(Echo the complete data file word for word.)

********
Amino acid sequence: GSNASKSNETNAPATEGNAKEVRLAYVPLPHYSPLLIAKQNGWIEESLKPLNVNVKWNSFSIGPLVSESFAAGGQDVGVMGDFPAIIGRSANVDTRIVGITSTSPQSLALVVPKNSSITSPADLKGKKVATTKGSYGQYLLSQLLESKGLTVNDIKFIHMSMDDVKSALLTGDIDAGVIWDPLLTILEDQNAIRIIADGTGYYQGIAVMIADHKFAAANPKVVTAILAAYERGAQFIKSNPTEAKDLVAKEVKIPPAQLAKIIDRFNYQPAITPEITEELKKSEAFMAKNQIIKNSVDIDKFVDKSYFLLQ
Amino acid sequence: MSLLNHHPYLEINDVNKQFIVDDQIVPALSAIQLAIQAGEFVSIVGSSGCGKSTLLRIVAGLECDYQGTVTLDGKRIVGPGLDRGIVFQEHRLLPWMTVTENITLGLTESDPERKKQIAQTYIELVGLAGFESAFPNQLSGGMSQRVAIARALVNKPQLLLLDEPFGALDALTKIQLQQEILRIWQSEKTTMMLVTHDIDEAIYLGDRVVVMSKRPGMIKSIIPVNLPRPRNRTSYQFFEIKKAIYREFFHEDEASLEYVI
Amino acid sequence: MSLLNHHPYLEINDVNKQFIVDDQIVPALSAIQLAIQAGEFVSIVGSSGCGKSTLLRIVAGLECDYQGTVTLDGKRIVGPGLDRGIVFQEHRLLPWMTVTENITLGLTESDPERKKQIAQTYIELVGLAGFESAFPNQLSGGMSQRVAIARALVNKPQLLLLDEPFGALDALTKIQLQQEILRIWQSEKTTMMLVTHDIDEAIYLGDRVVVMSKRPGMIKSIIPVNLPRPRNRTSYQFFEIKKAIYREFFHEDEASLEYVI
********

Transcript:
Amino acid sequence: GSNASKSNETNAPATEGNAKEVRLAYVPLPHYSPLLIAKQNGWIEESLKPLNVNVKWNSFSIGPLVSESFAAGGQDVGVMGDFPAIIGRSANVDTRIVGITSTSPQSLALVVPKNSSITSPADLKGKKVATTKGSYGQYLLSQLLESKGLTVNDIKFIHMSMDDVKSALLTGDIDAGVIWDPLLTILEDQNAIRIIADGTGYYQGIAVMIADHKFAAANPKVVTAILAAYERGAQFIKSNPTEAKDLVAKEVKIPPAQLAKIIDRFNYQPAITPEITEELKKSEAFMAKNQIIKNSVDIDKFVDKSYFLLQ
Amino acid sequence: MSLLNHHPYLEINDVNKQFIVDDQIVPALSAIQLAIQAGEFVSIVGSSGCGKSTLLRIVAGLECDYQGTVTLDGKRIVGPGLDRGIVFQEHRLLPWMTVTENITLGLTESDPERKKQIAQTYIELVGLAGFESAFPNQLSGGMSQRVAIARALVNKPQLLLLDEPFGALDALTKIQLQQEILRIWQSEKTTMMLVTHDIDEAIYLGDRVVVMSKRPGMIKSIIPVNLPRPRNRTSYQFFEIKKAIYREFFHEDEASLEYVI
Amino acid sequence: MSLLNHHPYLEINDVNKQFIVDDQIVPALSAIQLAIQAGEFVSIVGSSGCGKSTLLRIVAGLECDYQGTVTLDGKRIVGPGLDRGIVFQEHRLLPWMTVTENITLGLTESDPERKKQIAQTYIELVGLAGFESAFPNQLSGGMSQRVAIARALVNKPQLLLLDEPFGALDALTKIQLQQEILRIWQSEKTTMMLVTHDIDEAIYLGDRVVVMSKRPGMIKSIIPVNLPRPRNRTSYQFFEIKKAIYREFFHEDEASLEYVI